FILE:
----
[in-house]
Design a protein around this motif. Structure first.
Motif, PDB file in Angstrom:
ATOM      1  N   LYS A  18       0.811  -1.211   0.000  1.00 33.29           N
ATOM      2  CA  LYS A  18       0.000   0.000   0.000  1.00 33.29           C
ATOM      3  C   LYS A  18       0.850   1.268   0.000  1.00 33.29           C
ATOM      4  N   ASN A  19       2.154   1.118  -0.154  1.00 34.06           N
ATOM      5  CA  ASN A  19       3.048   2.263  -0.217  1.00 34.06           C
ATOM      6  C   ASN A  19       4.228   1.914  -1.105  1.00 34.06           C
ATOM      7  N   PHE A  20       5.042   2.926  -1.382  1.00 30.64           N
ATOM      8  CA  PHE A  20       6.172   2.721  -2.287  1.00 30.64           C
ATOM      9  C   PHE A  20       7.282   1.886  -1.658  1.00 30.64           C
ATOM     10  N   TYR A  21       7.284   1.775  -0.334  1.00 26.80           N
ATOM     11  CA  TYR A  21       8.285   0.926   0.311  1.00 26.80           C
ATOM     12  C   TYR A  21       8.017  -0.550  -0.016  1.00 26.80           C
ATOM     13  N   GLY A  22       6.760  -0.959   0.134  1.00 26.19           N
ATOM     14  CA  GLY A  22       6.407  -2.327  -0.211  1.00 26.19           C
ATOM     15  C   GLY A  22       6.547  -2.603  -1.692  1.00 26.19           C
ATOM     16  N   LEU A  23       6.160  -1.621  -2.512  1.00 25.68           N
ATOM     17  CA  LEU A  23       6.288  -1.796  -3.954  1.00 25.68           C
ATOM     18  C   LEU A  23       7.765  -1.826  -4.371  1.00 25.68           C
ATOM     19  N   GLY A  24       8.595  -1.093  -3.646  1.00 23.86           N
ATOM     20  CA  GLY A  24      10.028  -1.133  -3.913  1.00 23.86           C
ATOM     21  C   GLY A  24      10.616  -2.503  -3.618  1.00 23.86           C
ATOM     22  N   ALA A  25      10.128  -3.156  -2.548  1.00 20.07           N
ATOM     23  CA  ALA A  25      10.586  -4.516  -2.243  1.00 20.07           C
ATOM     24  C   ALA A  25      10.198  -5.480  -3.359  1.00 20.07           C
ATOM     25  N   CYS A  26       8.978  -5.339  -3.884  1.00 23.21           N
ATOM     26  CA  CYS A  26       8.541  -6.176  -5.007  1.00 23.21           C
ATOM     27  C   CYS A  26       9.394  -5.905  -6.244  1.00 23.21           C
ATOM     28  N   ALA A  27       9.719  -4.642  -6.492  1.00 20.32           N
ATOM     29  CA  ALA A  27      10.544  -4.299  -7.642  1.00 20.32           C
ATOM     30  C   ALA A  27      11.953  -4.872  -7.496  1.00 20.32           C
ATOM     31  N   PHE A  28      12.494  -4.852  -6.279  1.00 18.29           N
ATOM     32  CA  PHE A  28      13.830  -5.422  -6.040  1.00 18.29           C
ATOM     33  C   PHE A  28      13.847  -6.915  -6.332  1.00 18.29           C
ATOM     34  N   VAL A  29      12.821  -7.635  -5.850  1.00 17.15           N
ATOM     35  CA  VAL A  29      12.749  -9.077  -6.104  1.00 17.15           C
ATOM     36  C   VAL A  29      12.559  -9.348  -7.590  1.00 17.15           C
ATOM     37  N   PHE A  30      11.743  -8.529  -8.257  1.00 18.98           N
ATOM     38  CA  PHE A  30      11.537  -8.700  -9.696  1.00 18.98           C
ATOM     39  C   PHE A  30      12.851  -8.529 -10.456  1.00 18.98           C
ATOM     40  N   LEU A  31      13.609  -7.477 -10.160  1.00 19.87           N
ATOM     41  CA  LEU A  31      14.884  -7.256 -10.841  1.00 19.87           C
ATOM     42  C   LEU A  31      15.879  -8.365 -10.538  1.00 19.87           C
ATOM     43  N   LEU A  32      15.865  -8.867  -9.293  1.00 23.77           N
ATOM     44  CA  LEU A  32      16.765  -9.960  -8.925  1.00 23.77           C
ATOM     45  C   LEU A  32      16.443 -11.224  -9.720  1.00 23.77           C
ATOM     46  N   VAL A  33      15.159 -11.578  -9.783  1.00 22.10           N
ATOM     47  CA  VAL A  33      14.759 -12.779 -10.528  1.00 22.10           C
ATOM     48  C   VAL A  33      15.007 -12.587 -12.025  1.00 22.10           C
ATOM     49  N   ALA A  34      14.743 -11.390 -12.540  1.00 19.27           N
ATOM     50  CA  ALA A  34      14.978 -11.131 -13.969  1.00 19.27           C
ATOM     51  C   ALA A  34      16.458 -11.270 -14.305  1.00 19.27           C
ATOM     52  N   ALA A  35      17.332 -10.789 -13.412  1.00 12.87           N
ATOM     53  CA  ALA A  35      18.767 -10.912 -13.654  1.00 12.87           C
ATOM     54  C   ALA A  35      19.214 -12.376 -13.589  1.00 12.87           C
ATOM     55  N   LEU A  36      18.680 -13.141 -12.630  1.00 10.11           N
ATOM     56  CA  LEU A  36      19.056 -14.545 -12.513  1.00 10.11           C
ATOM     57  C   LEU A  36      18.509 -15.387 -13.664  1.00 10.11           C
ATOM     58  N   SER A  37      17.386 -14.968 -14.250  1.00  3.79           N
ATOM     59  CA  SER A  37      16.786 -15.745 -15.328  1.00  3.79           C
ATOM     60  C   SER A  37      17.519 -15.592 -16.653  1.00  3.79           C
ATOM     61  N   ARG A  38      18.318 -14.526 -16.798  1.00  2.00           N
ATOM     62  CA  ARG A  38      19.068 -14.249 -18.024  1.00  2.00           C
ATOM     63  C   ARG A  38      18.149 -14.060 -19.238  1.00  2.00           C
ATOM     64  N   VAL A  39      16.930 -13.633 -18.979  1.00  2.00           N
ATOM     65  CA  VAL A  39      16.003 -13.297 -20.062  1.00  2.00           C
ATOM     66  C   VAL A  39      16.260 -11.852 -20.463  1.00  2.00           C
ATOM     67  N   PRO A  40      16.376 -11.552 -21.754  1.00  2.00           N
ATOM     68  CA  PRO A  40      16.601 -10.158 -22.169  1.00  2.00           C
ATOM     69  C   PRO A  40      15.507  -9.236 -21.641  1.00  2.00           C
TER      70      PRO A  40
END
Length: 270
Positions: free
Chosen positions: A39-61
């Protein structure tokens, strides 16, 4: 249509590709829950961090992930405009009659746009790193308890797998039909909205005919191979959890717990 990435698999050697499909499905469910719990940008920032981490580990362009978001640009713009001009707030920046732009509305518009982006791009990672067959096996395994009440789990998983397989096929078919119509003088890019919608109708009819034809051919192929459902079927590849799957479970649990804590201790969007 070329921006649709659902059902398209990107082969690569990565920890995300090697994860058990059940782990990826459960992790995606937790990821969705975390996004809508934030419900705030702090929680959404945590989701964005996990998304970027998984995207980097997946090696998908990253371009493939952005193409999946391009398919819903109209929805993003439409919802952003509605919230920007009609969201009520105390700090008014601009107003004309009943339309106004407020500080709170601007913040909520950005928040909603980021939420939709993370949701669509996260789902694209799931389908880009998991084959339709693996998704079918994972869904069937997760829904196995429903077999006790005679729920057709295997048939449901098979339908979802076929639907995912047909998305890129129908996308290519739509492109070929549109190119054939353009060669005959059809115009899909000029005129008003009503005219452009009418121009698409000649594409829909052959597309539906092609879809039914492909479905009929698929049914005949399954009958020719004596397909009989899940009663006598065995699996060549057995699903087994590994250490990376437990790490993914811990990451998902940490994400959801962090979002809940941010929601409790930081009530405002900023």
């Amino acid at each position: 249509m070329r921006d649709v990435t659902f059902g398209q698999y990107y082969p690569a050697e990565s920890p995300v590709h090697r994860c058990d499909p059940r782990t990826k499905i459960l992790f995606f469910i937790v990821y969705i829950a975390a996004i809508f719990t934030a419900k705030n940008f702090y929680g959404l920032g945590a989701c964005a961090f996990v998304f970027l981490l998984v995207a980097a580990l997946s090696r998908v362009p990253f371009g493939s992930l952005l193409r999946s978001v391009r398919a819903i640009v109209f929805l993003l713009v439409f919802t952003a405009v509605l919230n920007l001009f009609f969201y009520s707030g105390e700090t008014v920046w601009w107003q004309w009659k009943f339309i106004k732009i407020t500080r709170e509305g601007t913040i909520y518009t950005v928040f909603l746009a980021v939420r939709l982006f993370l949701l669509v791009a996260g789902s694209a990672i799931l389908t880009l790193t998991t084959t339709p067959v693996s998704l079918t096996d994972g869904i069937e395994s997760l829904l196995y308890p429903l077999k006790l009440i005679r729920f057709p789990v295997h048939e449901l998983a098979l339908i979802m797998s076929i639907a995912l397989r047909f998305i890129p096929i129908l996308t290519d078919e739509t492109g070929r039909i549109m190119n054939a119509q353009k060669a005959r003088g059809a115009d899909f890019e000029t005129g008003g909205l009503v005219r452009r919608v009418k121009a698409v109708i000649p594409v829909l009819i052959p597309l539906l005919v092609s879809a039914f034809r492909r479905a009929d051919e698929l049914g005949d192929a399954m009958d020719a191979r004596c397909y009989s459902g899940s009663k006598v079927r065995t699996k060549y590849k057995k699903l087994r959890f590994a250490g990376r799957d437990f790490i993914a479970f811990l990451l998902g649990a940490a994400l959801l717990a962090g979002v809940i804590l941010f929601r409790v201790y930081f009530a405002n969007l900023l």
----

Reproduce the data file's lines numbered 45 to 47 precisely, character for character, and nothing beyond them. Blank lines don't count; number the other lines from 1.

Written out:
ATOM     42  C   LEU A  31      15.879  -8.365 -10.538  1.00 19.87           C
ATOM     43  N   LEU A  32      15.865  -8.867  -9.293  1.00 23.77           N
ATOM     44  CA  LEU A  32      16.765  -9.960  -8.925  1.00 23.77           C